Two prominent Riverdale schools — SAR Academy and SAR High School — closed their doors Tuesday morning as a precaution after one student's family member became the second diagnosed case of COVID-19, commonly known as the coronavirus, in New York.
The 50-year-old New Rochelle man was diagnosed with the virus that causes the disease Monday night, according to Gov. Andrew Cuomo, and has checked himself into Lawrence Hospital in Bronxville. The man, who was not identified, was hospitalized because of an underlying respiratory condition, Cuomo added, and is now at Columbia University Irving Medical Center in Manhattan.
The man, identified as a Manhattan lawyer, had not traveled to any of the countries considered a hotspot for the virus — China, Italy, or Iran — and Cuomo called it an indicator of “community spread” without contact with someone who had recently traveled out of the country.
It's not clear if he used public transit to commute to and from work upstate to Manhattan in recent days, Cuomo said, but officials are investigating.
SAR's decision to close was its own, Cuomo said, and other city schools may decide to follow suit.
SAR did not respond to requests for comment. However, school officials reportedly sent an email to parents early Tuesday informing them of the suspected case of COVID-19, adding they were in contact with the city's health department, and were following the instructions of those in that agency.
The school followed up with another email obtained by The Riverdale Press later Tuesday saying the COVID-19 case had been confirmed, and that the patient was the parent of an SAR High School student. That closed not only the school, but canceled all after-school activities, games and programs.
The first city case of COVID-19 was announced Sunday after a 39-year-old woman who had recently returned to her Manhattan home from Iran tested positive. The second case involving the SAR parent has the man hospitalized in serious condition, and his two sons quarantined in their Westchester County home, according to Mayor Bill de Blasio. The younger son, who attended SAR, did not show any immediate symptoms.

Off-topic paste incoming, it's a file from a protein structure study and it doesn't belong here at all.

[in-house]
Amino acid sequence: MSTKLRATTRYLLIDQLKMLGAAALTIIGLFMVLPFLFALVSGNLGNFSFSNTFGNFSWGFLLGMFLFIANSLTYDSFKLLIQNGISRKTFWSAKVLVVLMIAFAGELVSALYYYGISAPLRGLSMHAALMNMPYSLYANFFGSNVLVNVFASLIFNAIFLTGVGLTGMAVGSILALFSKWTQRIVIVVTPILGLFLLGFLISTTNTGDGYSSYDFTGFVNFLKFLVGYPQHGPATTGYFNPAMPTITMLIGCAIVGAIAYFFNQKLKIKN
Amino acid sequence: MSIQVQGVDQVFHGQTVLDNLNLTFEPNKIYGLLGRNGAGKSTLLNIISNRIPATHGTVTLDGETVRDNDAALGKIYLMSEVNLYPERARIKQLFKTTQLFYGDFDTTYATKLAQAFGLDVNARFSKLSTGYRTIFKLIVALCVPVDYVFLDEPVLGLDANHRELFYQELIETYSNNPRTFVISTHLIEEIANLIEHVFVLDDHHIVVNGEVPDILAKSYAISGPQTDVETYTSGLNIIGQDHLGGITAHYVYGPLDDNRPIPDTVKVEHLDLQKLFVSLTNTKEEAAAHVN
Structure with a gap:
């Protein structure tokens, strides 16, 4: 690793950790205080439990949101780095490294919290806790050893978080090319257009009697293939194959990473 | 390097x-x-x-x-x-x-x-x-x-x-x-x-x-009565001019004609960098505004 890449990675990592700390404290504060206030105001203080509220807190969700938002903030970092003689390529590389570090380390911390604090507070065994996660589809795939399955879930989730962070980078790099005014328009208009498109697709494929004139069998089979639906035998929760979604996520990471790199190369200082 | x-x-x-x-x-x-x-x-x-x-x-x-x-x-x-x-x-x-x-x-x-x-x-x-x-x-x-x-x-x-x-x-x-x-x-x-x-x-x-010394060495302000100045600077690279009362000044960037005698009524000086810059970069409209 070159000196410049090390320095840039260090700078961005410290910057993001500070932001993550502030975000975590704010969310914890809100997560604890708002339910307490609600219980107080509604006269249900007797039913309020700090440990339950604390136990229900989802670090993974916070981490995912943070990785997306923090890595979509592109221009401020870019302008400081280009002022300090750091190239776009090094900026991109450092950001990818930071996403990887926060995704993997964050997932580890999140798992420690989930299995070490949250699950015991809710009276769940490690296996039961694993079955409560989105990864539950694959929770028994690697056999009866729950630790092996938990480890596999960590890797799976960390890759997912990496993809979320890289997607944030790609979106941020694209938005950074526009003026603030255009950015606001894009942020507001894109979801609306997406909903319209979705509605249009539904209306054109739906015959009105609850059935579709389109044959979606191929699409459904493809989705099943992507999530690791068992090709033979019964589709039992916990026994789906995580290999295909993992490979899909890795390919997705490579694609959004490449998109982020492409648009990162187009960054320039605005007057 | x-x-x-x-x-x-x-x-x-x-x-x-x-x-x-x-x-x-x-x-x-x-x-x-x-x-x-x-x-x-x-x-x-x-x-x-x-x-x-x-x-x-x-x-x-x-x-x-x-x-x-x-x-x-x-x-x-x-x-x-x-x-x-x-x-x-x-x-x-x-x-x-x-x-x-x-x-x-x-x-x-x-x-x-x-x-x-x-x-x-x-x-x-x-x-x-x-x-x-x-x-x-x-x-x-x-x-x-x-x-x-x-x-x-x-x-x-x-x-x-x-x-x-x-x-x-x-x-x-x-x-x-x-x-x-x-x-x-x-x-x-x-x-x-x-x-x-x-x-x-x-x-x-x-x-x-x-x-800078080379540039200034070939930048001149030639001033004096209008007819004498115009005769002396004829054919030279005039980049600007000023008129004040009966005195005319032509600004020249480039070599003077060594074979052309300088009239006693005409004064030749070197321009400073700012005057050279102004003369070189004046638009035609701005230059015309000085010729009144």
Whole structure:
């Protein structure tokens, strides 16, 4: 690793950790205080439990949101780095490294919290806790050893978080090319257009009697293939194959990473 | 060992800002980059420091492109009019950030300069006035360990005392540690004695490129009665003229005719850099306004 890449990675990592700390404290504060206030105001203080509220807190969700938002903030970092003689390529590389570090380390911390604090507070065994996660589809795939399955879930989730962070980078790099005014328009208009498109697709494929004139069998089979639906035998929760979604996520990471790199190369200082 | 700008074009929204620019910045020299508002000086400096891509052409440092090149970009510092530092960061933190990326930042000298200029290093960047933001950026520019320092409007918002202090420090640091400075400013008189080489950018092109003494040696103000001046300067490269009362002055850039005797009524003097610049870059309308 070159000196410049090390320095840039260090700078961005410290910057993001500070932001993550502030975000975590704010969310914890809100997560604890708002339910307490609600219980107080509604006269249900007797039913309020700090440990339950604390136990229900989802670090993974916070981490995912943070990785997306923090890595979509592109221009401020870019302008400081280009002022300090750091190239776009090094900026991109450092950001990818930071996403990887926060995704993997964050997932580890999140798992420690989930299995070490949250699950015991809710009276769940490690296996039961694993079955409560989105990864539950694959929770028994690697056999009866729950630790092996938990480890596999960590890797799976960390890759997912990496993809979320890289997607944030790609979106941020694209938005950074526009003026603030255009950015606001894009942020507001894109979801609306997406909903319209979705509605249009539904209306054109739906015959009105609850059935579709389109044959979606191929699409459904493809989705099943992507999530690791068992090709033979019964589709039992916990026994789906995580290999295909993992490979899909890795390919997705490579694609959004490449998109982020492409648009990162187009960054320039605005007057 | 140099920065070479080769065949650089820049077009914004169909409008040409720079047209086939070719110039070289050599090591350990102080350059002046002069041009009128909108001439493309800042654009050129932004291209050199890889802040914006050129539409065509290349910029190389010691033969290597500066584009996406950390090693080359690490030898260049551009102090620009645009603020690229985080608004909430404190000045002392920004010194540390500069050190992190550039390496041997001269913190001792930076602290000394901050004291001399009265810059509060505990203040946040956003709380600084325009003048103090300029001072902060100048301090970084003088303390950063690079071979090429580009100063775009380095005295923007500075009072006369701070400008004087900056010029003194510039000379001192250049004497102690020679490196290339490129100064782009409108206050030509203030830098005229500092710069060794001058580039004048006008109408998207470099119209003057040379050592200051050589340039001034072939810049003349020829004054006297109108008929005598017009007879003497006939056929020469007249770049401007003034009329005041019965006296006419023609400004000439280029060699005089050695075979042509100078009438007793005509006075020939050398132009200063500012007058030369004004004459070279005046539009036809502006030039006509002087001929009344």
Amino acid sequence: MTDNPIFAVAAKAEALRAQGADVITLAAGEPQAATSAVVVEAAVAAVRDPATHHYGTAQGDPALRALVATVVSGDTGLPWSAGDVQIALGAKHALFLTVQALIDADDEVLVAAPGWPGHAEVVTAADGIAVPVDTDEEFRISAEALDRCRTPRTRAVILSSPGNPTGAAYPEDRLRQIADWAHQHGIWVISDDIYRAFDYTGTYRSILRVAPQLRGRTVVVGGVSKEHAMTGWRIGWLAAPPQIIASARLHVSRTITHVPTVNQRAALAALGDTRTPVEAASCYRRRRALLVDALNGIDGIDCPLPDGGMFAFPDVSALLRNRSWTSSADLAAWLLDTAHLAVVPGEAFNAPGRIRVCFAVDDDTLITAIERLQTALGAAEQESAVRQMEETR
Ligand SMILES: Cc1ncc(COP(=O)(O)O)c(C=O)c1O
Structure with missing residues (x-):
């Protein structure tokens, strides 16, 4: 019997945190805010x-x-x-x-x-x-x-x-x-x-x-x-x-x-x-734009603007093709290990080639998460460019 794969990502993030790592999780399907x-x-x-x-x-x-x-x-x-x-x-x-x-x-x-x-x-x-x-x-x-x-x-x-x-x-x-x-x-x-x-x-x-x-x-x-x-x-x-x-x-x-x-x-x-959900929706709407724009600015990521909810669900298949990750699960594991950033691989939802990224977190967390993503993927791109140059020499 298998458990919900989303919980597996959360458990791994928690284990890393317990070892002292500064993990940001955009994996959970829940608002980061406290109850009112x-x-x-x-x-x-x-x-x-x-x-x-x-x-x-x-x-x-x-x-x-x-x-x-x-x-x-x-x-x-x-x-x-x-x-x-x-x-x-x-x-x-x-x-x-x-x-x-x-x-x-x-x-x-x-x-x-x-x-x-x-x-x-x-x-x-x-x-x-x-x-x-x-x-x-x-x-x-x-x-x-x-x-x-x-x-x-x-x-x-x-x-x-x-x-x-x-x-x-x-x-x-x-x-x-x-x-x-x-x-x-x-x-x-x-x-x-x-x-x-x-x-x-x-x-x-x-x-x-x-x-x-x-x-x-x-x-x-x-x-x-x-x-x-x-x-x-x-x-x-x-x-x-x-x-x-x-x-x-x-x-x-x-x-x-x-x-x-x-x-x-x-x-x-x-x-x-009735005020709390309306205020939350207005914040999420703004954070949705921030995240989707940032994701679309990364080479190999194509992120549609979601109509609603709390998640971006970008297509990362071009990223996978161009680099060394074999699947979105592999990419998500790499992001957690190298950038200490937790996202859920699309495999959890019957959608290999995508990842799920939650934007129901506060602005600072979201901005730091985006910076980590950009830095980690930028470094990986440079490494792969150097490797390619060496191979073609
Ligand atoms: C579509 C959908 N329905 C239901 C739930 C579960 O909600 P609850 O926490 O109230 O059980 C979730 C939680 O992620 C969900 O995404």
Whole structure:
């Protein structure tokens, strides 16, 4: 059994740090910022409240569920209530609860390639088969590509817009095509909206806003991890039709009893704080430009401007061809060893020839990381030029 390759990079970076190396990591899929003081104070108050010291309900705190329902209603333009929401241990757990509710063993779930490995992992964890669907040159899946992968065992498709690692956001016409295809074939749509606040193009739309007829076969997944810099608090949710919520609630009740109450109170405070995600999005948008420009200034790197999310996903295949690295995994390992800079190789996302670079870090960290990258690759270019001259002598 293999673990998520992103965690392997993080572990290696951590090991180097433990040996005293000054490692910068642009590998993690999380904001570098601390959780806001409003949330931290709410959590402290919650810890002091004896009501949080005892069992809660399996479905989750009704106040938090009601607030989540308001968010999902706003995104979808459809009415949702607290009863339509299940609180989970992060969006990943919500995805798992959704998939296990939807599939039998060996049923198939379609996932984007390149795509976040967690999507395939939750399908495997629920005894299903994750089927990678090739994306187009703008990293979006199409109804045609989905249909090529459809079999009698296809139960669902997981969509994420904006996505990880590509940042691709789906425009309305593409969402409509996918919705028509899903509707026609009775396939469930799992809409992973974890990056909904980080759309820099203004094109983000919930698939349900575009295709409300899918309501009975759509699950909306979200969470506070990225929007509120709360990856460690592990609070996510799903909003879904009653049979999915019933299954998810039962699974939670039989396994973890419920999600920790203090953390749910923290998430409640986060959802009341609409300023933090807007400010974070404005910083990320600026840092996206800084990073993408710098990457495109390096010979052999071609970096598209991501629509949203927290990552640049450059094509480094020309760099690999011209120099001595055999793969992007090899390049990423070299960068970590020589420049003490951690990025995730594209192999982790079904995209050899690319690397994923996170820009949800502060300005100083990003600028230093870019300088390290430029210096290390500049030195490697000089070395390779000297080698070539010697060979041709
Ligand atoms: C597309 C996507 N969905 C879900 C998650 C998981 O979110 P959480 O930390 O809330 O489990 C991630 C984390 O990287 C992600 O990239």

His older brother, however, who attends a city university was showing symptoms. Both have been tested, and results are pending. Officials at Yeshiva University in Washington Heights later verified the older brother attends school there.
Despite the scare at SAR, two nearby community centers remained open as of Tuesday — Riverdale Neighborhood House on Mosholu Avenue, and The Riverdale Y on Arlington Avenue. However, they are remaining open with precautions.
Neighborhood house interim executive director Ian Benjamin said in an email to members there was no reason to believe the main camps or Riverdale Community Center on West 237th Street had been exposed.
"We'll do whatever the New York Department of Health feels is the most prudent course of action," Deann Forman, chief executive of The Riverdale Y, told The Press. "But at this time, that is just to remain open to serve the community."
The best way for people to prevent exposing themselves to the virus that causes COVID-19 is to wash hands thoroughly and regularly, and to see a doctor immediately if they develop any flu-like symptoms, according to the city's health department.
Officials from both Riverdale Neighborhood House and The Riverdale Y said they were ensuring they had a plentiful supply of hand sanitizer, and posted signs around each of their campuses encourarging people to wash their hands, and if they were feeling sick, to stay home.
Knowing that seeking medical care is not exactly an affordable option for many, Cuomo said Tuesday he would require coronavirus-related tests to be free, and available without an insurance co-pay. The state will partner with private labs to process as many as 1,000 tests reach day.
Metropolitan Transportation Authority officials say they are working to completely disinfect buses, subways, and stations — something they are doing right now at least once every 72 hours.
In the meantime, Cuomo asked people not to panic. Even if it does spread, the virus still maintains a very low mortality rate to generally healthy people.
“Is is inevitable that it will continue to spread,” the governor said. “The basic fact — 80 percent of the people that get it will self-resolve, and may not even know that they had it.”